The Smithtown Board of Zoning Appeals has appealed a Suffolk County Supreme Court judge's decision in favor of a business owner who applied to build a carport topped by solar panels after receiving variances for the project.

Paul Hennings, attorney for the town zoning board, said he filed a notice of appeal in September to preserve the board's right to move forward with the appeal process.

"If the carport was part of the application a year earlier, the zoning board would likely not have been as ready to give him the relief that he requested the first time," said Hennings referring to Itai Vishnia, co-owner of AMVI Realty LLC, which owns an office building at 88 Terry Rd.

Hennings said the board was also concerned with the steel design of the carport, which would cover five spaces and resembled "those kinds that we see at the [H. Lee] Dennison building and at the courthouse in Riverhead" -- something not consistent with the surrounding neighborhood -- and asked AMVI Realty to come up with a reasonable alternative, such as designing it to look more residential.

Suffolk County Supreme Court Justice William B. Rebolini ruled in August that the BZA's finding that application approval "would produce an undesirable change in the character of the neighborhood is arbitrary and capricious," since there was no dispute that the carport was allowed in the property's neighborhood business zone. He ordered that the BZA's decision be vacated and that the town building department issue a permit for the solar carport.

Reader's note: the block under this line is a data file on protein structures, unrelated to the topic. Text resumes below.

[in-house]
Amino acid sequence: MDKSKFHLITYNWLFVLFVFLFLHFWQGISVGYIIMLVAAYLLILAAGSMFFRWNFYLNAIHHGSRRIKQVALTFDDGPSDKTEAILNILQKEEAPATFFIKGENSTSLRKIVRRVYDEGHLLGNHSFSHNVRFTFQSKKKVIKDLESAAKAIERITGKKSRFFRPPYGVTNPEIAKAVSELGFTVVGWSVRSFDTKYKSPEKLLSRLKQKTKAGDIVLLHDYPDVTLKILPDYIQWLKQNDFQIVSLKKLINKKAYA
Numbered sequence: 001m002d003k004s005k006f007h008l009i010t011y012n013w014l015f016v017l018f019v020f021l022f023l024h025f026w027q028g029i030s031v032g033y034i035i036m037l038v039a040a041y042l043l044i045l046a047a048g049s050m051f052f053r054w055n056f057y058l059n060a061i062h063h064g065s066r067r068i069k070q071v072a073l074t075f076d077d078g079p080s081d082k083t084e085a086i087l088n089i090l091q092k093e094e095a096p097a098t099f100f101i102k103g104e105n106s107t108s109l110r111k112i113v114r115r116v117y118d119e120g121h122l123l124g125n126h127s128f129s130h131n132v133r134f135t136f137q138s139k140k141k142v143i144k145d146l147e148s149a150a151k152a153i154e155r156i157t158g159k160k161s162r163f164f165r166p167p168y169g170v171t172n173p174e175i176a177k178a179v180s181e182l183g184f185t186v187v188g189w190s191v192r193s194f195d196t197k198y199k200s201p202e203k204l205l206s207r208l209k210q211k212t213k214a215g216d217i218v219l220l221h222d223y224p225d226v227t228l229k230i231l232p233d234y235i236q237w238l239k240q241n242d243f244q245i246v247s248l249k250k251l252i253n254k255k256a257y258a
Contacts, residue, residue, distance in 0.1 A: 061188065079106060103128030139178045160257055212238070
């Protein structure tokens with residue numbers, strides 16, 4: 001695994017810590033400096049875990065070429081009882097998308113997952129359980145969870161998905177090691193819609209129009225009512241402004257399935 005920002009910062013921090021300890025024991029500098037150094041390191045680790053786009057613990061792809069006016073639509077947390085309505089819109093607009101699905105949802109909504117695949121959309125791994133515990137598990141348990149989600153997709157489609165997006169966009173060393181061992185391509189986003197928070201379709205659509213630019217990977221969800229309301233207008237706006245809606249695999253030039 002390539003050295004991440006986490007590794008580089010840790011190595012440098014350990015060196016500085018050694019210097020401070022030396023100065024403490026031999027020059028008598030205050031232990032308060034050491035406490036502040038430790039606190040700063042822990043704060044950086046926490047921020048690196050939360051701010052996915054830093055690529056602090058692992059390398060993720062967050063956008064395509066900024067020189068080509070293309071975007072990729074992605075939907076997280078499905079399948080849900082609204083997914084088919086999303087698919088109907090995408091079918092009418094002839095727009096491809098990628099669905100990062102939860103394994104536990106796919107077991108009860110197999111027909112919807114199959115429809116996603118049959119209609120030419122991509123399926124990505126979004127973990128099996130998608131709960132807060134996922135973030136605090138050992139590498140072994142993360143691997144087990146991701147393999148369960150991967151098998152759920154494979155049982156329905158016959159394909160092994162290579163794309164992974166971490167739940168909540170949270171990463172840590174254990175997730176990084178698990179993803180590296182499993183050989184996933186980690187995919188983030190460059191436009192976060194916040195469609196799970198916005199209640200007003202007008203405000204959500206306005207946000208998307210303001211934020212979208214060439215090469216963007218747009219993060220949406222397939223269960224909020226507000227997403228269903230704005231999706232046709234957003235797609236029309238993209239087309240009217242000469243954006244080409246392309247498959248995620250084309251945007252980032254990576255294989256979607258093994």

In January 2013, the zoning board denied AMVI Realty's application to modify a previously approved variance to permit a 767-square-foot steel carport with solar panels, Rebolini's decision said.

At the January hearing, senior town planner Peter Hans said the structure was compliant with the town zoning code, but a newly adopted provision in the code required AMVI Realty to go back before the board because it was a modification of variances the BZA granted the prior year, records show. Rebolini said the BZA incorrectly interpreted this portion of the town code.

"We were pleased that the judge saw it our way that this was not a situation that required the property owner to pursue a further variance," said Vishnia's attorney, Lewis A. Bartell, of Garden City. "The unfortunate thing is that the board is really imposing their personal beliefs in place of the evidence that was given."

Zoning board members who didn't like the steel look of the carport had suggested solar panels be put on the existing office building's gabled roof, which Bartell said "does not have sufficient surface area to support an effective solar energy system."

The solar carport would produce about 11,000 kilowatts each hour, said Ronnie Mandler, owner of Best Energy Power in Valley Stream, who was to install it.Vishnia said he lost thousands of dollars in rebates offered by LIPA to use solar energy and reduce his energy costs. "That's why we're upset about the whole thing," he said of the zoning board's appeal.

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